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2019 Chevrolet Equinox Review

There’s a lot to like about the 2019 Chevrolet Equinox, even if the best configuration requires a careful hand on the order sheet.

As drivers fill their garages with crossover SUVs instead of sedans, the 2019 Chevrolet Equinox stands out for its unusually broad lineup. With the 2019 Equinox, Chevrolet offers shoppers a choice between two gas engines, a high-mpg turbodiesel engine, front- or all-wheel drive, and four trim levels.


That depth and breadth isn’t the only thing we like about the Equinox, though. This crossover SUV scores 5.5 out of 10 points on our scale for its good looks and refined demeanor. Its interior could be classier, though, and we fault Chevy for not making advanced safety gear more widely available.

After a redesign last year, the 2019 Equinox gains updated infotainment software for its 7.0- and 8.0-inch touchscreens and an available HD rearview camera.

The Equinox is available in L, LS, LT and Premier trim levels, with many option packages and engine choices. The Equinox is closely related to the GMC Terrain, but it has its own styling and most models have a different automatic transmission.

Underhood, a 170-horsepower, 1.5-liter turbo-4 is standard. It’s paired to a 6-speed automatic (the Terrain uses a 9-speed automatic with that engine). Optional on LT and Premier trims are two upgrade engines: a 2.0-liter turbo-4 rated at 252 hp hooked up to a 9-speed automatic, and a 1.6-liter turbodiesel 4-cylinder/6-speed automatic combination with just 137 hp that’s good for up to 39 mpg on the highway according to the EPA. Most trims are available with either front- or all-wheel drive.

The Equinox drives well, with good isolation from the road and a comfortable ride, but even the 252-hp engine is light on thrills. A sporty crossover akin to the Ford Escape and Subaru Forester XT, the Equinox is not. For most buyers, that’s probably just fine.

Inside, the Equinox provides good room for four passengers and their cargo and serviceable if not luxurious appointments. Outward vision isn’t a strong suit given its beefy roof pillars, but this year’s new HD rearview camera may help rectify that. On the tech front, the Equinox scores high for its standard Apple CarPlay and Android Auto compatibility. Unfortunately, Chevy restricts automatic emergency braking—which now can detected and brake for errant pedestrians—to only the highest trim levels. Many rivals make that gear standard or at least far more affordable.

Even if collision-avoidance tech is restricted to costly Equinox crossovers, all have performed well in both federal and independent crash tests.

Styling
The 2019 Chevrolet Equinox looks good from most angles, albeit with some quirks.

The 2019 Chevrolet Equinox has pleasant curves from most angles, but some quirks to its styling inside and out mean that we figure it’s just above average overall. It’s a 6 out of 10 in our eyes for its styling. 

Up front, the 2019 Crossover wears a wide, two-tiered grille flanked by one of three headlight types: halogens on base L and LS trims, HIDs on the Equinox LT, and LEDs on the costly Equinox Premier. Those lights sweep into a curvy side that belies the Equinox’s two-box profile.

It’s at the rear that things start to fall apart with an upright look that feels more minivan than crossover to us. Equinox crossovers with the upgraded turbo-4 engine feature a pair of chromed exposed exhaust outlets, a subtle reminder that they’re peppier.
Step inside through especially wide front and rear doors and the Equinox reveals a curvy dashboard that’s logically arranged. Unlike the Terrain’s transmission buttons, the Equinox uses a conventional lever and it’s all the better for it.

Centered high on the dash is a 7.0-inch touchscreen for infotainment on most models. An 8.0-inch version comes on the Equinox Premier only.

Depending on the trim level, Chevy offers numerous interior shades ranging from workaday gray cloth to blackout charcoal to warm brown leather.

Performance
The 2019 Chevrolet Equinox may be light on thrills, but all versions perform well.

With three engines on offer, the 2019 Chevrolet Equinox looks to have something for everyone. It almost succeeds and models with the 2.0-liter turbo-4 would earn a point above average for their strong acceleration. However, our scale rewards the models most likely found on dealer lots, so the Equinox scores a 5 out of 10 here.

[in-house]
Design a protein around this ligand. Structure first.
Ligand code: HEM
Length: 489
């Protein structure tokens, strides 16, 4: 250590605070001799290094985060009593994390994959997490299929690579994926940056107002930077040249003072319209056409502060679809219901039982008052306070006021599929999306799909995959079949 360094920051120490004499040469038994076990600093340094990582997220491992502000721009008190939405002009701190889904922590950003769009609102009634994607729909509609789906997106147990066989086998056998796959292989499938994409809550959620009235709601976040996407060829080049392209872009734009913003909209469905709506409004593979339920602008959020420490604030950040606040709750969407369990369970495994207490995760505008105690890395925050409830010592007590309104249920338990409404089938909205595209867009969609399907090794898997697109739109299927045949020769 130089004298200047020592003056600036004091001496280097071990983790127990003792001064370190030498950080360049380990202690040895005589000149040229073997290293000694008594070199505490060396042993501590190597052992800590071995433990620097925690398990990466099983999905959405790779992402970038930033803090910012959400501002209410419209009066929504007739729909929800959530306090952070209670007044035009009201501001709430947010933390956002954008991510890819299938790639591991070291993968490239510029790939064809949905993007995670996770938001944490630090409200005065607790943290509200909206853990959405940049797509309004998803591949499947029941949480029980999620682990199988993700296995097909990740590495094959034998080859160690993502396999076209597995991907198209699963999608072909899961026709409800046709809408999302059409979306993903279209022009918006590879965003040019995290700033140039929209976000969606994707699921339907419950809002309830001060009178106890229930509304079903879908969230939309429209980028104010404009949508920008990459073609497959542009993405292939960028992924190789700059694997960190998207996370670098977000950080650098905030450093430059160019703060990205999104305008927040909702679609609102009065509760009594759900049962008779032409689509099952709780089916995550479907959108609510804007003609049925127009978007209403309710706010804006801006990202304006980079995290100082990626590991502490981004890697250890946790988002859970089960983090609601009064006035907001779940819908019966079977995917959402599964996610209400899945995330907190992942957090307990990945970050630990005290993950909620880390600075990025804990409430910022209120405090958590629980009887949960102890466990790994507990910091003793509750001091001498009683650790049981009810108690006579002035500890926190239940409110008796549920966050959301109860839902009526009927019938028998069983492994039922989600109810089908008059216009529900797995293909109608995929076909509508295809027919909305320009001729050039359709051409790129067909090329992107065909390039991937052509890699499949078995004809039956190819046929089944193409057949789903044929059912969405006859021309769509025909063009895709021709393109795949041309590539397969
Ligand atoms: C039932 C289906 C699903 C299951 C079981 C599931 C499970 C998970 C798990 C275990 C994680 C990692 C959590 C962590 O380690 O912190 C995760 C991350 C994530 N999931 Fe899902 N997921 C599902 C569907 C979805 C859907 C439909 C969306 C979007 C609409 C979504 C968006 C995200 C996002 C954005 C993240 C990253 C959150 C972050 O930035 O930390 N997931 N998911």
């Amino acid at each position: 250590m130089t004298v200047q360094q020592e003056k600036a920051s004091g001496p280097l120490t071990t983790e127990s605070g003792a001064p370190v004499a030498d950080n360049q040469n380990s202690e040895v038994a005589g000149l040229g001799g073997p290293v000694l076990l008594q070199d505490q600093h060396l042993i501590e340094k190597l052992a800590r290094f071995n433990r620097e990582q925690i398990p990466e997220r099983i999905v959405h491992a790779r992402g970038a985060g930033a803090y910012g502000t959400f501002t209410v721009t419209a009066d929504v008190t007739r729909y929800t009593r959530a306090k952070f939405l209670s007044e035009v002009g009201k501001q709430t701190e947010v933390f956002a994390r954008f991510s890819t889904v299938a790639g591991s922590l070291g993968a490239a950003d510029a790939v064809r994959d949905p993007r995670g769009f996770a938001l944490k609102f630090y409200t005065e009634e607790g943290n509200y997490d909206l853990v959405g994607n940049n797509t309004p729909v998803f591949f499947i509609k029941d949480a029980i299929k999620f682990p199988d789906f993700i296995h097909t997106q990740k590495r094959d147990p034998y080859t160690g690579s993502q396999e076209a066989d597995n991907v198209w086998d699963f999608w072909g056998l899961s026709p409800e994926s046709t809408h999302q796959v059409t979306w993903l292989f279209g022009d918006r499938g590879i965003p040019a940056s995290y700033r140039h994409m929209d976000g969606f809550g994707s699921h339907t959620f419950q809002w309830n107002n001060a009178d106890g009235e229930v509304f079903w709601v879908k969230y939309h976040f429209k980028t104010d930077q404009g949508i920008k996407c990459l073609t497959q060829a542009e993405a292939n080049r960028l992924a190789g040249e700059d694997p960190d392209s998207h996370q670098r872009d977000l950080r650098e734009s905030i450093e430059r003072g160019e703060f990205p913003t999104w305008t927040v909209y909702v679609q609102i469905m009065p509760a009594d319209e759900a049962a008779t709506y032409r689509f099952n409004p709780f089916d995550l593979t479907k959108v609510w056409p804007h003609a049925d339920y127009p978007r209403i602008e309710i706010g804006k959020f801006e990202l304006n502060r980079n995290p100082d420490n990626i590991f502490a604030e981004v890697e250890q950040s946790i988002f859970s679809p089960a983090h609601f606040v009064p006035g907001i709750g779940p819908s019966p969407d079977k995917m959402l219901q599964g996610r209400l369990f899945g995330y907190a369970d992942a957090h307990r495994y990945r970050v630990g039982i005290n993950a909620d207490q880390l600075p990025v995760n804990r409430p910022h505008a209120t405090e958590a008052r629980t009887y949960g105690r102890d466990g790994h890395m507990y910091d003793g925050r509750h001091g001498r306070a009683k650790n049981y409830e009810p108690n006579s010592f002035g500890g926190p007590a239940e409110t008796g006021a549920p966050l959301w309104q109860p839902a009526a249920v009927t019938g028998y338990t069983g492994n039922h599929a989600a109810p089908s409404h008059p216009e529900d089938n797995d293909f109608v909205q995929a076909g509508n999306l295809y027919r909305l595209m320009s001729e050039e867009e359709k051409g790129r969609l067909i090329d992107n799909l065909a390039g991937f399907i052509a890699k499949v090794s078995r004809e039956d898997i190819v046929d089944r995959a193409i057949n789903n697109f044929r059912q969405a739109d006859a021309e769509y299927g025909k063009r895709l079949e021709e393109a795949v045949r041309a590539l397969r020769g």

Most Equinox crossovers use a 1.5-liter inline-4 rated at 170 horsepower and 203 pound-feet of torque that sends power to the front or all four wheels via a 6-speed automatic. This setup is perfectly adequate for most use, with good shift quality and plenty of around-town scoot.  

Those interested in more thrust should opt for the 2.0-liter turbo-4 available in the LT and Premier trim levels. With 252 hp and 260 pound-feet of torque on tap, the bigger turbo-4 rarely struggles. Its 9-speed automatic can seem confused by the number of cogs available. Don’t expect the most powerful Equinox to be a sports car alternative, however. Like the rest of the lineup, its handling is good, with confident steering and a supple ride—but it’s no sportier.

Likely to be rare on dealer lots, at least unless gas prices spike, is the turbodiesel option. The 1.6-liter turbodiesel’s 137 hp may sound weak, but the 240 pound-feet of torque that comes on at 2,000 rpm delivers decent performance. The diesel option may be thrifty—the EPA says it’s good for 32 mpg combined—but it’s not without its demerits. For one, towing capacity is just 1,500 pounds compared to 3,500 pounds for the 2.0-liter gas engine, which erases one conventional reason for buying a turbodiesel. Moreover, the option costs $2,400, which will take a long time for even long-haul drivers to recover.

Regardless of engine, the Equinox has a quiet, composed ride and its steering is light but accurate. In our testing, we’ve found that models with the 17-inch wheels wrapped in Michelin rubber—L, LS, and most LTs—can feel a little squirrely when pushed. The 18-inch Hankook tires on high-spec models deliver crisper handling without any noticeable detriment to the way the crossover rides.

No Equinox is ready for off-road use beyond a trundle up a dirt driveway, which makes its part-time all-wheel-drive system a head-scratcher. The system can be set in two-wheel-drive mode to save fuel, which seems nice, but drivers must then remember to flip it back to all-wheel drive when the snow flies or the rain drops. For pavement-oriented crossovers such as the Equinox, we prefer simpler systems that disconnect the rear wheels automatically and don’t require driver intervention.

Comfort & Quality
The trim-proportioned 2019 Chevy Equinox uses its interior space well.

Last year’s redesign shrunk the Equinox to better compete against crossovers such as the Honda CR-V and Ford Escape. That means this model isn’t as roomy inside as it once was. The tradeoff is that it’s more nimble to drive and fits better in garages—and, anyway, Chevy dealers will happily sell the larger Traverse or the newly announced 2019 Blazer.